By Bejay Browne
For the past 20 years Paphos has been run by a handful of corrupt lawyers, developers and politicians, the mayor of Paphos has told the Sunday Mail.
“There has been a lot of development in Paphos over the last 20 years, but only for this group’s benefit; I see them as a group of criminals,” Phedonas Phedonos said in an interview this week.
He said the recent uncovering of a series of scandals involving millions of euros meant that the ‘abscess’ of corruption had been burst, but warned that he is currently investigating a further possible case though he could not yet reveal more details.
“As with other instances, I am investigating, and will then hand the information over to the police. The new case could involve a substantial amount of money and was carried out under the previous administration of [Paphos mayor] Savvas Vergas. I can’t say what it is at this time,” he said.
He reassured Paphos residents that though recent events may make it appear that Paphos led the way in corrupt practices, corruption had thrived in other towns for many years as well. It was just that it broke in Paphos first.
“We are really happy that we contributed to fighting corruption. In a small society like ours, it may be easy to hide fraud under the carpet, but it is also easy for it to be revealed. I hope the same will be done in the rest of Cyprus as well,” he said.
The mayor was speaking at the end of a week which saw a second major scandal break in Paphos leading to six arrests for alleged over-charging by the operators of the Marathounda waste disposal facility, run by a company called Helector.
The six are suspected of reporting higher waste volumes consequentially resulting in higher charges for local authorities and consumers. They face charges of embezzlement, squandering public moneys, corruption and bribery.
Shortly after becoming mayor in January 2015, Phedonos spearheaded the Paphos municipality’s decision to stop paying its dues to Helector last April. It had realised the prices they were called to pay ranged from €28 to €31 per tonne of waste whereas the real cost did not exceed €10 per tonne.
The alleged offences took place between 2008 and 2015.
Among the six arrested is former mayor, disgraced Savvas Vergas, who is already serving a six year prison term for the Paphos sewerage board scandal in which he and other municipal councillors were found guilty of receiving kickbacks.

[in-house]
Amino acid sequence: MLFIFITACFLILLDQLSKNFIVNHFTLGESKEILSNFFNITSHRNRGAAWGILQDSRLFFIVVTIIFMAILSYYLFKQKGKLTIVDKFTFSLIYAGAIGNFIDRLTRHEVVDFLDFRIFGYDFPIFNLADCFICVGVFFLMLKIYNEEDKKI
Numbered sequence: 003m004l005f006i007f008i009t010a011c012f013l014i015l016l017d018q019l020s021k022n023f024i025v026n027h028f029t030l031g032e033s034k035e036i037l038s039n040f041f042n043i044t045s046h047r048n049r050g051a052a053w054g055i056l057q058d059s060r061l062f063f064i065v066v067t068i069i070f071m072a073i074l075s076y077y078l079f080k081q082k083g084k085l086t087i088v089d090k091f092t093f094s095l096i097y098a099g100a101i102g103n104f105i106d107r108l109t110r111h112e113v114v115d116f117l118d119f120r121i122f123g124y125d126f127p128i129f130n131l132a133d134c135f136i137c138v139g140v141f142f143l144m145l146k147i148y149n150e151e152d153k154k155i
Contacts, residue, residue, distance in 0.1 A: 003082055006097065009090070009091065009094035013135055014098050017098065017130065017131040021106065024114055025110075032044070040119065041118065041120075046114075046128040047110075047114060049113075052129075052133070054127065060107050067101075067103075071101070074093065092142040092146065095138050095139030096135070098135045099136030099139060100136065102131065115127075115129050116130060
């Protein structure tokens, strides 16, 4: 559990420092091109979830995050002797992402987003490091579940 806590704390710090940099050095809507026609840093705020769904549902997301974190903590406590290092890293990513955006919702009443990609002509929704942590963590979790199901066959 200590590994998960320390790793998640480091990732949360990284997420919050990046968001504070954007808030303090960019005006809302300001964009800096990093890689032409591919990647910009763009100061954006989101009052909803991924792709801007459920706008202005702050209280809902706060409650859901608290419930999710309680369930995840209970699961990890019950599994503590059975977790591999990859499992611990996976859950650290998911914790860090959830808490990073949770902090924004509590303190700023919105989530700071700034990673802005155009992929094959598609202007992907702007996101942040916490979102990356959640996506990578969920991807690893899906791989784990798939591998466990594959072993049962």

The mayor said that, as in the case of the sewerage board case, if Helector is found guilty, the municipalities will be paid back any over payments.
“We will assert all legal claims, which will certainly be to the benefit of our residents,” he said.
Phedonos conceded that the ‘wounds’ left by having a previous corrupt mayor and officials were deep, but said he was sure Paphos could look towards the future with confidence.
He pointed to the eight infrastructure projects already underway and the hundreds of thousands of foreign visitors expected as Paphos takes over as European Capital of Culture in 2017 as examples of what residents could look forward to.
Underlying it all is Phedonos’ vision that the municipality can become a model of good governance based on transparency, fairness and effectiveness.
“If we want to restart our economy and society after the economic, moral and spiritual crisis we have gone through, it’s very important to clean the town from corruption,” he said. “If you don’t have this, you can’t have real economic development.”
The mayor revealed that he had been put under psychological pressure and on occasion threatened to stop investigating the waste disposal contract.
Earlier this week Phedonos described how in November last year, he received a letter from Helector threatening to sue him for libel after he spoke to the media about the contracts.
And in October the mayor received a letter demanding that unless Paphos municipality made its overdue payments (some €185,000), the site would stop servicing the municipality by denying access to municipality rubbish trucks.
“To those who are making these threats, I can say that they are clearly wasting their time,” he told the Sunday Mail.
Phedonos’ defiance and determination to fight corruption has led to comparisons with Auditor-general Odysseas Michaelides who has become a constant thorn in the sides of various ministries and municipalities as he uncovers alleged irregularities.
The mayor insists he is no hero, just a man who loves his home town, respects its residents and has a sense of responsibility to do his job. He said his only ambition is to try and work for a better and a fairer society.
“The town must have not just a mayor they trust. They must also be able to trust the municipality. It’s very important for people to trust the whole institution, the officers and the workers,” he said.
“Today I’m a mayor, maybe tomorrow I’m not any longer, so it’s important to have a clean organisation without corruption. This is a legacy I want to leave.”
The mayor stressed that Paphos was not a city of scandals and corrupted politicians, but a place that has proved it can achieve huge goals.
“As well as the cultural capital, Paphos is a popular tourist destination, with a past, present and future. It’s also a place that has learnt from its mistakes and should be proud of its achievements,” he said.